What’s small, yellow, loves bananas, and promotes the rule of law? A Minion, at least according to an edited version of the latest animated film featuring supervillain Gru and his army of tiny sidekicks being screened in China.
The fifth installment of the lucrative Despicable Me franchise, Minions: The Rise of Gru, premiered in China this month, several weeks after the film opened in United States cinemas.
But while the international version of the kung fu-filled family-friendly romp set in 1970s San Francisco tells the story of how the dastardly Gru cut his teeth as a tween criminal, filmgoers in China are treated to an alternative ending in which the good guys win.
A series of subtitled still images inserted into the credits sequence on mainland Chinese screens reassures audiences that police catch Gru’s law-breaking mentor Wild Knuckles and lock him up for 20 years after a failed heist.
International viewers simply see Knuckles give police the slip by faking his death earlier in the film’s concluding scenes, but in the Chinese version, he puts his con artist skills to positive use in prison, where he follows his “love of acting” and sets up a theatrical troupe.
As for Gru, he “eventually became one of the good guys,” devoted to raising his family, the Chinese ending says.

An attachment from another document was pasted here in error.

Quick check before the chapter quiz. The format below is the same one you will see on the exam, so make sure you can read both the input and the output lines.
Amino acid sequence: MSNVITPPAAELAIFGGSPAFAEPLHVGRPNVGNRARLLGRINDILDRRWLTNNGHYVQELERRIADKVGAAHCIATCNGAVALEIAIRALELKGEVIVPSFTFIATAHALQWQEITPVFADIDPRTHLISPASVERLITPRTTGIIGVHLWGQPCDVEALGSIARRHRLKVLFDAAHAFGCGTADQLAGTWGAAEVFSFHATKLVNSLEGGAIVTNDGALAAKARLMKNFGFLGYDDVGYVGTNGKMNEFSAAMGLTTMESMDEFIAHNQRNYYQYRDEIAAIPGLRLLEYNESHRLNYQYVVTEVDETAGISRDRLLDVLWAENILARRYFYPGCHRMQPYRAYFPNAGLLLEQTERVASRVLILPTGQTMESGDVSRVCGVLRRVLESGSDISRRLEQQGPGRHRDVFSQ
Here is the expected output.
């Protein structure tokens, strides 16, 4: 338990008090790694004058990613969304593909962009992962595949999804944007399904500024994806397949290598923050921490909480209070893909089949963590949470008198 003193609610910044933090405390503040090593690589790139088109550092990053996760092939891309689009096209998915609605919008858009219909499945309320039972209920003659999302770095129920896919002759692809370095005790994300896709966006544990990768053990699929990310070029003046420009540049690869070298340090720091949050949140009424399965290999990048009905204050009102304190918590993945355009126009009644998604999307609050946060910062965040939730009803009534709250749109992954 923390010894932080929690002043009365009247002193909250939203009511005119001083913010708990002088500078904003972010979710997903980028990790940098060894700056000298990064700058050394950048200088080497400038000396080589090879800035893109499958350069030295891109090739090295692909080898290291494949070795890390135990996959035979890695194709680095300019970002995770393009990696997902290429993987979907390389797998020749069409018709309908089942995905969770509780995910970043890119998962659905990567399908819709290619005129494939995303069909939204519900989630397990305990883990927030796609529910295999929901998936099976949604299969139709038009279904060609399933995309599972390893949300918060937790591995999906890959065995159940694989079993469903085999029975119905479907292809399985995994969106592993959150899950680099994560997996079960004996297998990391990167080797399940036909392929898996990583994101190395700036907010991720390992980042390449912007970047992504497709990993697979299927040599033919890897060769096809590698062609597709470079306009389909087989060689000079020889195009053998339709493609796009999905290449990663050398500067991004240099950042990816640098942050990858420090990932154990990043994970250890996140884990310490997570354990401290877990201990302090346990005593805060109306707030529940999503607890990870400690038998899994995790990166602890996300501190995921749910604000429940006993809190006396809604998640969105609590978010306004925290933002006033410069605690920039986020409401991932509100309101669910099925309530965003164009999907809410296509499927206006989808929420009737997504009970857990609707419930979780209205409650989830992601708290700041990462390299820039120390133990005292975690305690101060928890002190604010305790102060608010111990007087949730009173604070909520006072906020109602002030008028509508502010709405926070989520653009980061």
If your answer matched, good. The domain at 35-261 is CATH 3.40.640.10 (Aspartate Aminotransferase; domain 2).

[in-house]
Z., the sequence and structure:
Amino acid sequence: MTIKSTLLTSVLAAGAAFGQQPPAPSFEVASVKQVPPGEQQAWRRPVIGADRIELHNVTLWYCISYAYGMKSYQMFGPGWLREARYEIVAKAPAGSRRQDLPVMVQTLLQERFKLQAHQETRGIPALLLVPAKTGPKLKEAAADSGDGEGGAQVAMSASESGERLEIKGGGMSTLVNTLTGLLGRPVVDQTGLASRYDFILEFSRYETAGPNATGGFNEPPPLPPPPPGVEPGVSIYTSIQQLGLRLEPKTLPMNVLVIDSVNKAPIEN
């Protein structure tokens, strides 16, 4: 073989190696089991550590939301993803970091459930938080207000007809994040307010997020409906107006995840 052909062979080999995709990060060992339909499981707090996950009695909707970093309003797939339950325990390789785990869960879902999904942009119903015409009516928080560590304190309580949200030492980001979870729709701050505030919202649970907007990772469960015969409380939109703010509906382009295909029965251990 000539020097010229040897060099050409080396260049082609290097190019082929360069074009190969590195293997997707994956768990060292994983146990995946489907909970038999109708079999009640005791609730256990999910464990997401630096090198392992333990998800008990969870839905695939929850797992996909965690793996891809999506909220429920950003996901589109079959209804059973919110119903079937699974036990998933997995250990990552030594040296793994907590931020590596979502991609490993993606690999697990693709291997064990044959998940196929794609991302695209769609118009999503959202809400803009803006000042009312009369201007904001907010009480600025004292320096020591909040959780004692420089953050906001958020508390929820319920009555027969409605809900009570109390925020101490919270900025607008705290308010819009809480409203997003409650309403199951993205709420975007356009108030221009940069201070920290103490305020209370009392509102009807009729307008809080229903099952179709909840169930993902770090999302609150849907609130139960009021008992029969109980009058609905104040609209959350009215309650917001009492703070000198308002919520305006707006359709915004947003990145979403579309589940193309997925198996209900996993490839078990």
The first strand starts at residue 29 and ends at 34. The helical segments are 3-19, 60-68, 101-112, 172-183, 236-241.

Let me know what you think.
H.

It is not the first time a popular foreign film has been altered for cinemas in China, where the entertainment industry faces some of the world’s strictest censorship rules and is tasked with promoting “healthy” values.
David Fincher’s 1999 cult classic Fight Club starring Brad Pitt and Edward Norton was given similar treatment when Chinese streaming platform Tencent Video in January uploaded a version where police shut down the protagonist’s plan to bring down modern civilization.
And the highly anticipated return of US sitcom Friends to Chinese streaming platforms in February prompted fury among fans after viewers noticed an LGBTQ plotline was cut.
It is unclear if the ‘Minions’ ending was altered due to censors’ demands or if producers considered it a more palatable conclusion for the Chinese market. Universal did not immediately respond to AFP’s request for comment.